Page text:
* The facts speak for themselves. Knowing the facts is sometimes enough to support the Palestinians. November 4, 2008, Israel was the first to break the truce, not Hammas. 6 Palestinians were killed in this attack, after which Hammas retaliated. Click the history link of the above website for more facts. (And look at the map of the land from the 1947 to today in the photo gallery)
* We cannot have a selective approach to justice. This goes for world leaders and for Muslims -secular or not. Many world leaders will speak out and condemn human injustices worldwide, but remain silent about Palestine. Similarly, Muslim often speak out only about the Palestinian cause, forgetting Darfur, Burma (to name just 2). All human injustices are important.
* Karen Armstrong spoke about the common perception that religion is the cause of violence. It is important to remember that this is not a religious conflict but a political one and that religion has an important role to play. The ethic of compassion that is intrinsic in so many religious cultures needs to be brought to the forefront.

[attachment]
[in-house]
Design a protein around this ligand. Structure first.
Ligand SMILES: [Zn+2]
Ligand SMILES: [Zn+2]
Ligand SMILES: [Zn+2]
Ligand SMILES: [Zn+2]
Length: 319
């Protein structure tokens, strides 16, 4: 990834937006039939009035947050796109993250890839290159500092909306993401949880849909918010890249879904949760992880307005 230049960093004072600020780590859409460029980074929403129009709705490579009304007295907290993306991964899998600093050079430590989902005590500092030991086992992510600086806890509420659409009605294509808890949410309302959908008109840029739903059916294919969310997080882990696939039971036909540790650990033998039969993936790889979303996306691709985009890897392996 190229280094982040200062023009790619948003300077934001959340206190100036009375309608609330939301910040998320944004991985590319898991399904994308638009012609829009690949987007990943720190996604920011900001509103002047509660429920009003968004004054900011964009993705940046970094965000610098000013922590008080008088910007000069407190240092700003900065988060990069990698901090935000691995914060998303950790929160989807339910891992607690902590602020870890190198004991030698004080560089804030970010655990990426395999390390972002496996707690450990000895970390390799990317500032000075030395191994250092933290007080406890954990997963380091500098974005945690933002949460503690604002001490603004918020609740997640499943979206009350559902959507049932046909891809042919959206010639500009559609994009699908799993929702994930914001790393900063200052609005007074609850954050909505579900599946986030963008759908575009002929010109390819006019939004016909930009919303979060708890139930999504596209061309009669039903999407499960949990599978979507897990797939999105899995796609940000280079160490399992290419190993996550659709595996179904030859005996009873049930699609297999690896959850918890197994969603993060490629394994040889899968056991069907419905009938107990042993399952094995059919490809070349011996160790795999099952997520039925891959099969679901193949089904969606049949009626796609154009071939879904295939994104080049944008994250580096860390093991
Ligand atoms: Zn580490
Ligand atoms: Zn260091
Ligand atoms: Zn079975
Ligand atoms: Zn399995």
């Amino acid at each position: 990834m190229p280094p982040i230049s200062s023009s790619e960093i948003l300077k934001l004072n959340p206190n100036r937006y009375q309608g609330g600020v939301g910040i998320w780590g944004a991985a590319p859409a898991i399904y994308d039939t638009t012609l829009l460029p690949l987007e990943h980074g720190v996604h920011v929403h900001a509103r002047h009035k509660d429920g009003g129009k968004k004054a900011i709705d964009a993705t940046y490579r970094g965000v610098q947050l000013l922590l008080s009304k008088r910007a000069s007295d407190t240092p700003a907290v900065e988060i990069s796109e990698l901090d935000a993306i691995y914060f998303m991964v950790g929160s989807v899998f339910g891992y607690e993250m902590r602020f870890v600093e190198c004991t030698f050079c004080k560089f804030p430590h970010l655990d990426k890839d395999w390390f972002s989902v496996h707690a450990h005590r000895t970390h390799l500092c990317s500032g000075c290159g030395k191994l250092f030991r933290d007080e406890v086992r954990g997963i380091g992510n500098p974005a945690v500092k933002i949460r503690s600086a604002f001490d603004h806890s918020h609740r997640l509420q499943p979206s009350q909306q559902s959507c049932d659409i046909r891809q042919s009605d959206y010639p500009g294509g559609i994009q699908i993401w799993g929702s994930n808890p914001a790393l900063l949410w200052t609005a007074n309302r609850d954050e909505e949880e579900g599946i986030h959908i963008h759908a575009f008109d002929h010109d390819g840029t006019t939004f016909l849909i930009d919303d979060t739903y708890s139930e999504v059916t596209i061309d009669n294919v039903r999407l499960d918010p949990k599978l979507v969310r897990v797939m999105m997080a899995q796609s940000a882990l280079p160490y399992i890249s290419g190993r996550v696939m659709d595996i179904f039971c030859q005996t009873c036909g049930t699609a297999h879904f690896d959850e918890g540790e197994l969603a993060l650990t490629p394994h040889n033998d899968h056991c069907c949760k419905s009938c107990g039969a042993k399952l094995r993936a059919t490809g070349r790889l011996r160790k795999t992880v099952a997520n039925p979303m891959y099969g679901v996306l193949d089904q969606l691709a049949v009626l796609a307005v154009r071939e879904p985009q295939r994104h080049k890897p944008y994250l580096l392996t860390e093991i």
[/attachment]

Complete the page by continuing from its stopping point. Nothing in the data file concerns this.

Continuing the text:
* She told the story of Rabbi Hillel who was to stand on one leg and recite the fundamentals of the torah. He recited the golden rule (Do unto others what you would want them to do unto you), and everything else is commentary.
Many major faiths and non-religious people will agree that this value is common to all people and in this dangerously polarized world in which we live, we are still pulled together by our shared values.